The universal primacy of the Pope, and an understanding of collegial powersharing, are the main points of a 40 page statement published yesterday by the joint Roman Catholic-Anglican commission (ARCIC).
    ARCIC was formed in 1970, after the meeting in Rome between the Archbishop of Canterbury, Michael Ramsey, and Pope Paul VI. The group took up the question of papal authority in response to the challenge issued by Pope John Paul II, in his 1995 encyclical Ut Unum Sint, for new efforts to define the essential elements of the Petrine office.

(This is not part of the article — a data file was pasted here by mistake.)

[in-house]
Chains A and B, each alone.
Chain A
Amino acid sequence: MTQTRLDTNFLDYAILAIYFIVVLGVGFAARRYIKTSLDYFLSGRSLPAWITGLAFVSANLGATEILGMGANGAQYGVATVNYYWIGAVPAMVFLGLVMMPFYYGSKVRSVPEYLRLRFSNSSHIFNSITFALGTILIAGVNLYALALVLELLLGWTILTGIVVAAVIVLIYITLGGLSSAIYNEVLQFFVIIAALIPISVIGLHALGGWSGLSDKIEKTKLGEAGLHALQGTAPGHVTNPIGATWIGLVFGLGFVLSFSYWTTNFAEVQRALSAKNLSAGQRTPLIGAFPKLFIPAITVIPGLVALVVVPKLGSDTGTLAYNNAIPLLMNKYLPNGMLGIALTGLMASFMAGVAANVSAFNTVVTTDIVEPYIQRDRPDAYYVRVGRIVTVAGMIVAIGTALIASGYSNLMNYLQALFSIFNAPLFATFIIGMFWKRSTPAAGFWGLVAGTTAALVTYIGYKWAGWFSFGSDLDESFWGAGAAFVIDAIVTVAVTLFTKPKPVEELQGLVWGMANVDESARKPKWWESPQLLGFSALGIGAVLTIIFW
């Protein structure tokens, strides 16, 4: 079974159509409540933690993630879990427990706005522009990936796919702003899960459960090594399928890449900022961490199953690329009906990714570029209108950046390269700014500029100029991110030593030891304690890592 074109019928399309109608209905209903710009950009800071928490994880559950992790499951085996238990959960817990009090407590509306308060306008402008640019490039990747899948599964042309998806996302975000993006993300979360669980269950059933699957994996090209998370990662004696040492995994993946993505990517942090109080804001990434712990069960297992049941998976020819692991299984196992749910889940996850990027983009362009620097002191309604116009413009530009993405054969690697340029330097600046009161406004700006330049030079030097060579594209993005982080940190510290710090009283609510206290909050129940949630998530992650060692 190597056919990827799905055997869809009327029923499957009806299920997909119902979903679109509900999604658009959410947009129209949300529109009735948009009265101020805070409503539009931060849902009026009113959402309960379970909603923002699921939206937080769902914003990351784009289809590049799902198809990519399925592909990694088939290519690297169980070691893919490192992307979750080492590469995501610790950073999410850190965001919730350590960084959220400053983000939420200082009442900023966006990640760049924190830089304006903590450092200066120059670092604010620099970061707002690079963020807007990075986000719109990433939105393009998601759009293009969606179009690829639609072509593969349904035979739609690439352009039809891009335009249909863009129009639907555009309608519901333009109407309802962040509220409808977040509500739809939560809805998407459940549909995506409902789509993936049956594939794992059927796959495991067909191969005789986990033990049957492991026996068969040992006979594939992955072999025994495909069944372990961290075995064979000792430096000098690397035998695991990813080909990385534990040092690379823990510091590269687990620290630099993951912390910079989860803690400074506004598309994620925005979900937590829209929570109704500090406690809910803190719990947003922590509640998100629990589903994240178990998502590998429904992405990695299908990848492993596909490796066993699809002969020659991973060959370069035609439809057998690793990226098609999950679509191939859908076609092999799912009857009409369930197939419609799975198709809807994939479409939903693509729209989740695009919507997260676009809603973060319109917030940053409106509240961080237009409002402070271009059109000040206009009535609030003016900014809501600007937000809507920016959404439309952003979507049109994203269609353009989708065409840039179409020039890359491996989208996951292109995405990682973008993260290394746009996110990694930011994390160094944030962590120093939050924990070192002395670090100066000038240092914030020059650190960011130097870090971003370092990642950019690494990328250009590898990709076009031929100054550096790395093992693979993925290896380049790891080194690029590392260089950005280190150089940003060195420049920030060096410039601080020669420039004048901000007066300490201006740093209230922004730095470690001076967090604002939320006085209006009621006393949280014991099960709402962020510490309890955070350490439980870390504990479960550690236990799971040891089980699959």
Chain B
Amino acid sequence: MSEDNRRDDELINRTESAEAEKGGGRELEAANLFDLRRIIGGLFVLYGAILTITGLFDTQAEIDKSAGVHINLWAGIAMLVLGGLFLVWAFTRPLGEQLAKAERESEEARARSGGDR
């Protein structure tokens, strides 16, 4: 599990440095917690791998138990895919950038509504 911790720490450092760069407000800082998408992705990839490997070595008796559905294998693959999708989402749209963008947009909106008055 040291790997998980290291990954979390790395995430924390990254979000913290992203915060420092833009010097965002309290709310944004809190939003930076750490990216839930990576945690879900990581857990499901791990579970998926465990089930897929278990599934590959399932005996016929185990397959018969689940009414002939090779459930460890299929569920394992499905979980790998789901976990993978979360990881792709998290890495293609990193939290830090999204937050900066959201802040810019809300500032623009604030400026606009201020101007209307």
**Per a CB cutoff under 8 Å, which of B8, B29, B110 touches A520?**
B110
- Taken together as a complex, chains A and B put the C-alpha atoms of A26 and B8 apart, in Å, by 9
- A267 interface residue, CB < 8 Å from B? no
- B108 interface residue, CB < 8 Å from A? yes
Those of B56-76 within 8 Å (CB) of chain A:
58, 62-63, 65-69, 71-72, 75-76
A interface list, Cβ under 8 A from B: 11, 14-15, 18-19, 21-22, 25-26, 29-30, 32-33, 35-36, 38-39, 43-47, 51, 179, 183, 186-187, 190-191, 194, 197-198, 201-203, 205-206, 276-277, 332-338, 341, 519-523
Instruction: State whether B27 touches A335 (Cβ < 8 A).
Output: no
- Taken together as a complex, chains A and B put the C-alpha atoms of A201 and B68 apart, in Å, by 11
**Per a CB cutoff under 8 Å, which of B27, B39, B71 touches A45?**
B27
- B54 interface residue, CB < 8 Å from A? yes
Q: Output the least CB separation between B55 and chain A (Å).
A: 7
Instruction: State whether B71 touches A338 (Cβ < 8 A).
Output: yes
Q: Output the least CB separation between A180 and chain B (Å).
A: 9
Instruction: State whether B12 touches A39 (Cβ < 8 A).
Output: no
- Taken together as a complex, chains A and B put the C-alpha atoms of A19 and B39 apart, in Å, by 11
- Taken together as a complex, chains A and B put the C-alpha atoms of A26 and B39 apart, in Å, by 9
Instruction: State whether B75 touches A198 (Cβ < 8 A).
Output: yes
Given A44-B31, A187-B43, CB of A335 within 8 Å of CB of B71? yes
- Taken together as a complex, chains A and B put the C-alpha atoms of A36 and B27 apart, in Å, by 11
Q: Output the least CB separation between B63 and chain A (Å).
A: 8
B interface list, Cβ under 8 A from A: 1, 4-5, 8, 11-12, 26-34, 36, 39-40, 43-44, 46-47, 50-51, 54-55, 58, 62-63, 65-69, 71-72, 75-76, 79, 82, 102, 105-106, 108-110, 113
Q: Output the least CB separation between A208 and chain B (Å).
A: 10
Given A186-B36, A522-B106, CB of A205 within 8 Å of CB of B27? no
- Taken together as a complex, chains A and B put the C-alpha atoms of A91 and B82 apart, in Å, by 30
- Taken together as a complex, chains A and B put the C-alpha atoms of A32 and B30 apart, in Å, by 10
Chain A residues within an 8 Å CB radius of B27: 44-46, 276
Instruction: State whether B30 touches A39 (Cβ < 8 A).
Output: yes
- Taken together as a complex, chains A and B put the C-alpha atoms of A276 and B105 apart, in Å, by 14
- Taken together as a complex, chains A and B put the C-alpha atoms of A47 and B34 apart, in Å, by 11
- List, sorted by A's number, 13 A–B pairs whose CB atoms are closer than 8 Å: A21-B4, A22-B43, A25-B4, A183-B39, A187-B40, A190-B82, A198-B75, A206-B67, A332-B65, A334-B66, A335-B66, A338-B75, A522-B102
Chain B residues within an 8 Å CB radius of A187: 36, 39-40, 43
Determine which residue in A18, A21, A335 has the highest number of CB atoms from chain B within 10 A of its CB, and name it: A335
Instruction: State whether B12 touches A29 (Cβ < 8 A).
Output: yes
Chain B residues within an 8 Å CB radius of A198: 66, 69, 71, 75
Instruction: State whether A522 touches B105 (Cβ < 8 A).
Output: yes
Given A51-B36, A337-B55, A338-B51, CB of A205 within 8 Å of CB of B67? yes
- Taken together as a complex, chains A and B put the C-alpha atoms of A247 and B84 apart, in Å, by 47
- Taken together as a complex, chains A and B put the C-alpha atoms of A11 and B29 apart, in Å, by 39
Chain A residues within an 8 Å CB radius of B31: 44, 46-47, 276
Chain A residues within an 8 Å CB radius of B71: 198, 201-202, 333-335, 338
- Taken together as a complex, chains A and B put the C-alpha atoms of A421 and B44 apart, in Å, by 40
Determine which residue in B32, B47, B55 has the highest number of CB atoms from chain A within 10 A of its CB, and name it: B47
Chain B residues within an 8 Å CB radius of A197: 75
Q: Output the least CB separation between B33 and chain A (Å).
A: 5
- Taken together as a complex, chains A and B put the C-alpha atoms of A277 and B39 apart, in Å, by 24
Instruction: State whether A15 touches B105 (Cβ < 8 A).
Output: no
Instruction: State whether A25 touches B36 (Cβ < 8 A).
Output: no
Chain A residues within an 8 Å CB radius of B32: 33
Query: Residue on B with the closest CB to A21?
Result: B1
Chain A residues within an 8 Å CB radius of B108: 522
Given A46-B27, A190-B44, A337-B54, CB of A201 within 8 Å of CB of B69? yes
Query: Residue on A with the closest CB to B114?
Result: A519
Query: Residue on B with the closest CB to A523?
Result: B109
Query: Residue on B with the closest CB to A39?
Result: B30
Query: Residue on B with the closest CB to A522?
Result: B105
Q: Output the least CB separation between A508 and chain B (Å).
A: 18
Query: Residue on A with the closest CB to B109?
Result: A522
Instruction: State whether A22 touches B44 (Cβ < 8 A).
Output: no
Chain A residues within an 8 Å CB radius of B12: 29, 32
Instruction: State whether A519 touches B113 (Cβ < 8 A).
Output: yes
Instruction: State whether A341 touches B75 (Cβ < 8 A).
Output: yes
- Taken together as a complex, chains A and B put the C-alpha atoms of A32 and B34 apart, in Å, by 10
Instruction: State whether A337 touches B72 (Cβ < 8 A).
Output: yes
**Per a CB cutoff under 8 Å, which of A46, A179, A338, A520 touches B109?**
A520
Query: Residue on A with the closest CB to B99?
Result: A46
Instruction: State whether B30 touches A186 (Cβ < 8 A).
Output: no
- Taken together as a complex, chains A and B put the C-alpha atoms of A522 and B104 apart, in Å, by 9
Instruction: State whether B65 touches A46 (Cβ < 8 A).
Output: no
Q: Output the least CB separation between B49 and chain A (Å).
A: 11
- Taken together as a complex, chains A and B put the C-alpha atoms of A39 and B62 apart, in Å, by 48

The document, released yesterday, states that both Catholics and Anglicans recognise the need for "the universal primacy exercised by the Bishop of Rome," while also noting that this power must be exercised "in collegial association with the other bishops."
    It recommends that the Anglican Church should develop more visible "structures of authority" to ensure unity among the local churches. Within the Catholic Church, the statement argues, there is a need for greater collegial cooperation among the bishops. The ARCIC document does not directly address the key questions that separate Anglicans from Rome, such as the Anglican decision to ordain women to the priesthood.

LINK - Anglican Communion Site: The Gift of Authority

12:29pm 13/5/99 / Catholic World News


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